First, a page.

If putting up hay is a part of your cattle operation, you know it can be a process that takes critical attention to detail to produce the best quality forage possible. While weather, soil fertility, and method of storage each play a role, time of cutting appears to be the biggest player in quality hay production.

All In The Timing
To start, timing of the first cutting and late season cutting can both impact hay quality and health of forage plants. For the first alfalfa cut of the season, producers want to watch for flowering, height and maturity as indicators that stands are at prime quality for cutting. For instance, this would typically occur the last week of May to early June in the Dakotas.

But, South Dakota State University Extension forage specialist Vance Owens cautions that watching for flowering only – as many producers do – can be an inaccurate indicator. He points out that if an area has had a cool, wet spring, flowering will be delayed – but plants will still be maturing and ready to be cut even without the flowers. Owens says by mid-June forage quality starts to decline, so you want to make sure you make your first cut on time.

After that first cutting, a 28 to 32 day interval is generally needed between cuttings. As fall approaches, a golden rule for alfalfa harvest, is this: Avoid cutting or grazing alfalfa while the plants prepare for winter.

Montana State University Extension forage specialist Dennis Cash explains that this means allowing alfalfa plants to regrow for four to six weeks before the average first frost date until several consecutive days of killing frost in the low to mid-20 degree range. "In Montana, this translates to: don’t cut or graze alfalfa between early August until mid-October," says Cash.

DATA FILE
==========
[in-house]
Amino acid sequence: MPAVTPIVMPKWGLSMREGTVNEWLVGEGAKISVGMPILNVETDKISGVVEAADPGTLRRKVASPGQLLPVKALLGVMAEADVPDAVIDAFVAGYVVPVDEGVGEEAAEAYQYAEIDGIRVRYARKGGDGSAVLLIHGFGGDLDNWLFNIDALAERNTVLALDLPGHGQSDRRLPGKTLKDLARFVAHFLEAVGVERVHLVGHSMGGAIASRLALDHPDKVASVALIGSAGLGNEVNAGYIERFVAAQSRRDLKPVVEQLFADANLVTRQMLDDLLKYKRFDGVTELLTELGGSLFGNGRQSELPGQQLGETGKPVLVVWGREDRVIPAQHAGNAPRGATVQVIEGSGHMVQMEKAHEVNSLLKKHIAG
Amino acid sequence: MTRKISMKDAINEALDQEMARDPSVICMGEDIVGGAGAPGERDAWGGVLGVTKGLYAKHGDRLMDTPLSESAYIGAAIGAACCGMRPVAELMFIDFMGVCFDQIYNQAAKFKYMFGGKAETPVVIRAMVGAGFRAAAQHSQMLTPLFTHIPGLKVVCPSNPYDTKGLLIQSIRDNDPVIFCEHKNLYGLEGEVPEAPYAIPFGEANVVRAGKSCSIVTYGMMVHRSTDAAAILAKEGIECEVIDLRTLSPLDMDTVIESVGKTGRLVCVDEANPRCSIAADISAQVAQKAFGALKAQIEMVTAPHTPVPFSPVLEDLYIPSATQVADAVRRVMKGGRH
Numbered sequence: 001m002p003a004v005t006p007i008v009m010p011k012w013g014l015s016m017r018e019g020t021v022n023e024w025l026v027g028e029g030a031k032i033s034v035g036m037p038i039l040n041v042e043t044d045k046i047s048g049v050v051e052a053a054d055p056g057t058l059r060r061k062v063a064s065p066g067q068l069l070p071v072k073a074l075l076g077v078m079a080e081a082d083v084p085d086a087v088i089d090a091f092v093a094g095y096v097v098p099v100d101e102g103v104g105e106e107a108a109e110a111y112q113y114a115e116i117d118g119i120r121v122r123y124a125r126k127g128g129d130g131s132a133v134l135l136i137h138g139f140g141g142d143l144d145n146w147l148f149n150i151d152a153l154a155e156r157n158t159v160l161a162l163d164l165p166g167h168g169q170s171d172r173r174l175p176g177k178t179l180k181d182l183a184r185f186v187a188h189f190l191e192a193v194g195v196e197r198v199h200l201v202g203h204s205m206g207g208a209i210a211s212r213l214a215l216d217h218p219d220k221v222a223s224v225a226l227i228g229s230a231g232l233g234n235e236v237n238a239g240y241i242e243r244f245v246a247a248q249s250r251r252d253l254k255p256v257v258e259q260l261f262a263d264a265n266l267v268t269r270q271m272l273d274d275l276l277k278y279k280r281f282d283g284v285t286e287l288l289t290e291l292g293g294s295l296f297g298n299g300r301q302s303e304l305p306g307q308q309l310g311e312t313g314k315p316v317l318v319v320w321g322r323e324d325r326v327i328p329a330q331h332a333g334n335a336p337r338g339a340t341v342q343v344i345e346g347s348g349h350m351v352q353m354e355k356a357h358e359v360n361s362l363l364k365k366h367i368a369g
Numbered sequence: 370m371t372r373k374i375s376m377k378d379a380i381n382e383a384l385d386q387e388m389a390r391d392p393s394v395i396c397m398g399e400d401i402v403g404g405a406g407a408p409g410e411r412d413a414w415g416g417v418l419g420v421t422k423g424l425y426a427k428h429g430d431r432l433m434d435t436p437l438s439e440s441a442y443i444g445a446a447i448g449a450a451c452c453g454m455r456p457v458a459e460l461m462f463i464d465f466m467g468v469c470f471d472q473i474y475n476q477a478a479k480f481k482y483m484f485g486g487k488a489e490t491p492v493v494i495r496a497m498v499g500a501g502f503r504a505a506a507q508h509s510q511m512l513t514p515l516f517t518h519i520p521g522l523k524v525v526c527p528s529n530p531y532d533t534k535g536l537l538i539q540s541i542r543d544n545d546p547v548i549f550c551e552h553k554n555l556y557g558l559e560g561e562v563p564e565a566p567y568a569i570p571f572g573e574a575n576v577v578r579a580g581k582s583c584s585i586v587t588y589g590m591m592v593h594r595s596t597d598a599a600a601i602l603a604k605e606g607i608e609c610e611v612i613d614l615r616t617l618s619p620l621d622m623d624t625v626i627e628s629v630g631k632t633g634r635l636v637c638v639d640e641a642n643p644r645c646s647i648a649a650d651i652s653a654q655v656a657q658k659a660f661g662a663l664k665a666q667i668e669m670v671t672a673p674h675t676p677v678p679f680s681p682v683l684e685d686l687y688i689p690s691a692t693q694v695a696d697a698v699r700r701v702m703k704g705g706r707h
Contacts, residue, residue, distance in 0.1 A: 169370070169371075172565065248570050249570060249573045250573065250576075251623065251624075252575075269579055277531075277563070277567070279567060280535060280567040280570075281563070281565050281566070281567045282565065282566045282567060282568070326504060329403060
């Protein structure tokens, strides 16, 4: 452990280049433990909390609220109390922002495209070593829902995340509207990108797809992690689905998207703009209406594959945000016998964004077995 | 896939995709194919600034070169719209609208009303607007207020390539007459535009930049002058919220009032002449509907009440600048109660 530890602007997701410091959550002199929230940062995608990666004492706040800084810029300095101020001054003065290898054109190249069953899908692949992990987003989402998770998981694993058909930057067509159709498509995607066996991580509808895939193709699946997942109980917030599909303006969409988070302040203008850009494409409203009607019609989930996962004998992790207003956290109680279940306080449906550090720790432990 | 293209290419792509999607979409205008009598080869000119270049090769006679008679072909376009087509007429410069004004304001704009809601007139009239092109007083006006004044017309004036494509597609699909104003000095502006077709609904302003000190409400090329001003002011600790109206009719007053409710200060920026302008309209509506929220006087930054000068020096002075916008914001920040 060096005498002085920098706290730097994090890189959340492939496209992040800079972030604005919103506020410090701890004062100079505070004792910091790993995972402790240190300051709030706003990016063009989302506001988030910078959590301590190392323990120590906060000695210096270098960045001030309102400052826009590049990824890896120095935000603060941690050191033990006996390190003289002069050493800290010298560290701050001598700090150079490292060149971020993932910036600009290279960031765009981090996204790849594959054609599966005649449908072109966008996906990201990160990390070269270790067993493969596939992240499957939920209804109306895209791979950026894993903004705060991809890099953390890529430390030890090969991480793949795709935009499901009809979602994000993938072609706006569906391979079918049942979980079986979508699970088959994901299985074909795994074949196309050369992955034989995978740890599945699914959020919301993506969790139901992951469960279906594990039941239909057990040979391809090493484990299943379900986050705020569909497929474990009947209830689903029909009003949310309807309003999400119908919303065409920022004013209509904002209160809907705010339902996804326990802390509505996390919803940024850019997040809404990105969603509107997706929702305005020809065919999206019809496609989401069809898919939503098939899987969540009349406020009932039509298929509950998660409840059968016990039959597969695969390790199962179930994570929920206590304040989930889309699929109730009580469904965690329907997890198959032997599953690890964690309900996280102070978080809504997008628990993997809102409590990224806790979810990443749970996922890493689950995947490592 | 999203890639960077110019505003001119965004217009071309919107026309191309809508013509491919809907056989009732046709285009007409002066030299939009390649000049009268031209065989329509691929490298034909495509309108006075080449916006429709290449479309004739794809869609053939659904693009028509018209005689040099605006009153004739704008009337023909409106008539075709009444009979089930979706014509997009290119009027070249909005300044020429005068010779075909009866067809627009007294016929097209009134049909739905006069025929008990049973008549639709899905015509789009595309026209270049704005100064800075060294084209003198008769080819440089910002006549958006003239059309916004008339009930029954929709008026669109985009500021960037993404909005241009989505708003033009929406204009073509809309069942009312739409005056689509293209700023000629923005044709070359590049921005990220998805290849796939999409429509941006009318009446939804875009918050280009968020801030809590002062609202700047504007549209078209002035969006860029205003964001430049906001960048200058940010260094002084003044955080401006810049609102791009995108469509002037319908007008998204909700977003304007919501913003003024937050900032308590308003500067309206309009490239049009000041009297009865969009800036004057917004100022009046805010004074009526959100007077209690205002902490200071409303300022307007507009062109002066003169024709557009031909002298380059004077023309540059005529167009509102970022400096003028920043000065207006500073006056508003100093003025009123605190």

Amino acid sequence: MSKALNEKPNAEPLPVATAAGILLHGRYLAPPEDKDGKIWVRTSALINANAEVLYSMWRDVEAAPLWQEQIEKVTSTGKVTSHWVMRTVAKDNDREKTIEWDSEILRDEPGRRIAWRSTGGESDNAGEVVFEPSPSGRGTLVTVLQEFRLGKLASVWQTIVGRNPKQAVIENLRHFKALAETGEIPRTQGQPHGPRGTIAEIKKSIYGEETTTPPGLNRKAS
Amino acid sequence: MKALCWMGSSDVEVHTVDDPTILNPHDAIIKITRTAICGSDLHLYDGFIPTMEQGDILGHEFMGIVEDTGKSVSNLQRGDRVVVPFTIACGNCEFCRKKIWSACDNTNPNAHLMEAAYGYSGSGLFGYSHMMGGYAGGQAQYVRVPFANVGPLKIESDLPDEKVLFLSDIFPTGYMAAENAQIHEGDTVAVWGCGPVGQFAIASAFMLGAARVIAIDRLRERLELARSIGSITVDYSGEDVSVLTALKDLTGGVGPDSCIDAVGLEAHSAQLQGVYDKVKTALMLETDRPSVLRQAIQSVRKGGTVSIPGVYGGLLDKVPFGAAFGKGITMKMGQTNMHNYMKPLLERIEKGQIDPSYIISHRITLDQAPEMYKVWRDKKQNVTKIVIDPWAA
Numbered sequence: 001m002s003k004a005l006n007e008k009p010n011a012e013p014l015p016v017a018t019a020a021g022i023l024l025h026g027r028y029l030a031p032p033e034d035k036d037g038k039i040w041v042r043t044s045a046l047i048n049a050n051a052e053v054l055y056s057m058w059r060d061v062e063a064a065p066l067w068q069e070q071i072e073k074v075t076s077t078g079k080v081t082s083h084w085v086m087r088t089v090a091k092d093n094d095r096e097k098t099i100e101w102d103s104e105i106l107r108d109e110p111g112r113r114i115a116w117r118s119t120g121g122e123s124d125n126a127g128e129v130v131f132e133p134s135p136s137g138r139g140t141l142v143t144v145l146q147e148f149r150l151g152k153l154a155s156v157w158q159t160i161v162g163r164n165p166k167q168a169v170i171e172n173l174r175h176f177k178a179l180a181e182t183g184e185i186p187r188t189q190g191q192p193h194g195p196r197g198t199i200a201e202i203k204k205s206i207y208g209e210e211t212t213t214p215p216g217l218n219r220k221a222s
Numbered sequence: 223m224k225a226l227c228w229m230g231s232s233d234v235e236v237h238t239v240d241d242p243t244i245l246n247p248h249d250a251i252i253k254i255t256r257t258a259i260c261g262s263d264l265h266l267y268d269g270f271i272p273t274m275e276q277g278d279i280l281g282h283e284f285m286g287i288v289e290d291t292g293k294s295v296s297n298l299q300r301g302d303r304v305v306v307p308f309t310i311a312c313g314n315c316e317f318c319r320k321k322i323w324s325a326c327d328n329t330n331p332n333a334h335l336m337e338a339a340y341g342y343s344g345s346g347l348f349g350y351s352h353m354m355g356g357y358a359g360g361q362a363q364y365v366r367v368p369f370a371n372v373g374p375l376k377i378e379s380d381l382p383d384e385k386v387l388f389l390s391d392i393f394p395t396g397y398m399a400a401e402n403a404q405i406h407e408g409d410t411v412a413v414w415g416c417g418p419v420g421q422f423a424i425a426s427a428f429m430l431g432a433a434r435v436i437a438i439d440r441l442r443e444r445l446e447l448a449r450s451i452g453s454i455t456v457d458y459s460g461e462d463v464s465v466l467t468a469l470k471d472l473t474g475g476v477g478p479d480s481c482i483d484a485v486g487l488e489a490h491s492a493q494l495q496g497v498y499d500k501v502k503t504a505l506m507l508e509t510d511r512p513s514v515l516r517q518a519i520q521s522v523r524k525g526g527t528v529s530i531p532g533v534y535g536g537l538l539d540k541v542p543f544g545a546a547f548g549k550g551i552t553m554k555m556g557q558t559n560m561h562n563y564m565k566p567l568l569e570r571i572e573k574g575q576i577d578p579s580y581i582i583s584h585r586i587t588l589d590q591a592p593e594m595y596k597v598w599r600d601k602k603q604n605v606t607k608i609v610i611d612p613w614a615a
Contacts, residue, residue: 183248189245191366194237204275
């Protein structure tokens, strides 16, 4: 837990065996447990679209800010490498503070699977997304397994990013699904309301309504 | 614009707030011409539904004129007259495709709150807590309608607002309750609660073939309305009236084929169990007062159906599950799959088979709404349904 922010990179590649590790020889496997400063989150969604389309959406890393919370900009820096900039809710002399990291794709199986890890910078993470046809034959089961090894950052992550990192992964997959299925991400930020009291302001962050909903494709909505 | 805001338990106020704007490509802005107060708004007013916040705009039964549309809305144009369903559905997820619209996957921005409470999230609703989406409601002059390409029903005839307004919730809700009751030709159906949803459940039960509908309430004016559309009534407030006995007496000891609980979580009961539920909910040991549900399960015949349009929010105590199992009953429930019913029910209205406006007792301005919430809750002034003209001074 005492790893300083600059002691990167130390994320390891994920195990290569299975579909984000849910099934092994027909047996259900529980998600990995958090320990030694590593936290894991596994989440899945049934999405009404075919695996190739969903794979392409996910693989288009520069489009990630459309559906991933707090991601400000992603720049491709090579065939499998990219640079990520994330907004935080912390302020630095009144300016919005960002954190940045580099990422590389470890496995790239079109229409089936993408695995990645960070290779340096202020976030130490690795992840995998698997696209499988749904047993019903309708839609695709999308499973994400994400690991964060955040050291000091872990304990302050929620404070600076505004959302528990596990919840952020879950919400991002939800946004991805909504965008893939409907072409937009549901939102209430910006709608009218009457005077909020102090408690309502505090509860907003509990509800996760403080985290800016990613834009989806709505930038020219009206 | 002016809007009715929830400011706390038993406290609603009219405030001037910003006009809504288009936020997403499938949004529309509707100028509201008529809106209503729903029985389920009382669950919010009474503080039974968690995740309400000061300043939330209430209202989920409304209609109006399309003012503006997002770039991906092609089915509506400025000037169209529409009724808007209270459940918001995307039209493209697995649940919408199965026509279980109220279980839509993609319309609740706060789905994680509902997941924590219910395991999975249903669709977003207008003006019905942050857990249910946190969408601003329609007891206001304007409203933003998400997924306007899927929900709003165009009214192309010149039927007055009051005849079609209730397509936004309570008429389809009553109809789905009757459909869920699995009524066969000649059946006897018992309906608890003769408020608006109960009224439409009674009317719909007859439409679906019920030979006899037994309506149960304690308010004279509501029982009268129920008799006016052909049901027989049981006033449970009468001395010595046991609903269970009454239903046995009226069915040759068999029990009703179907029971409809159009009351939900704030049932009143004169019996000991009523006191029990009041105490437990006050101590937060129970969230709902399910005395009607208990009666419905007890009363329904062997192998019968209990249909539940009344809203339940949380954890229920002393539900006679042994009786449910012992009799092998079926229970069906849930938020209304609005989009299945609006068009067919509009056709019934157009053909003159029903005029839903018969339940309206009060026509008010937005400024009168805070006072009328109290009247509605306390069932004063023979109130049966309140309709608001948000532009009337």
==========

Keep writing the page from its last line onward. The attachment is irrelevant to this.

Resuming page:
He adds, "If you want an alfalfa stand to last more than three or four years, it is important to give plants this critical fall rest period." The theory behind this recommendation is that late season cutting can interrupt the plant's winter hardening process and increase the risk of alfalfa dying or suffering winter injury.

Old Guideline Holds True
According to Cash, it is a guideline first presented 40 years ago by former University of Wisconsin professor Dale Smith in his textbook Forage Management in the North, which cited research trials from the 1930's indicating the importance of not harvesting alfalfa from September 1 to mid-October. Cash also credits his Montana colleague Ray Ditterline who has preached a similar message for over 30 years.

But, does this cutting guideline hold true for today’s newer alfalfa varieties? Most definitely, says Cash, who has conducted cutting schedule research trials with new alfalfa varieties since 2000. "We have basically reproven the concept," he says.

Cash reports that in a three year, irrigated trial in Montana, half of the alfalfa plots were managed "normally" with three cuttings – two harvests by August 1 and a third in mid-October. The remaining plots were managed "intensively" with four cuttings. They had the same three cutting dates as the first trial, plus an additional harvest September 1 during the critical fall hardening period.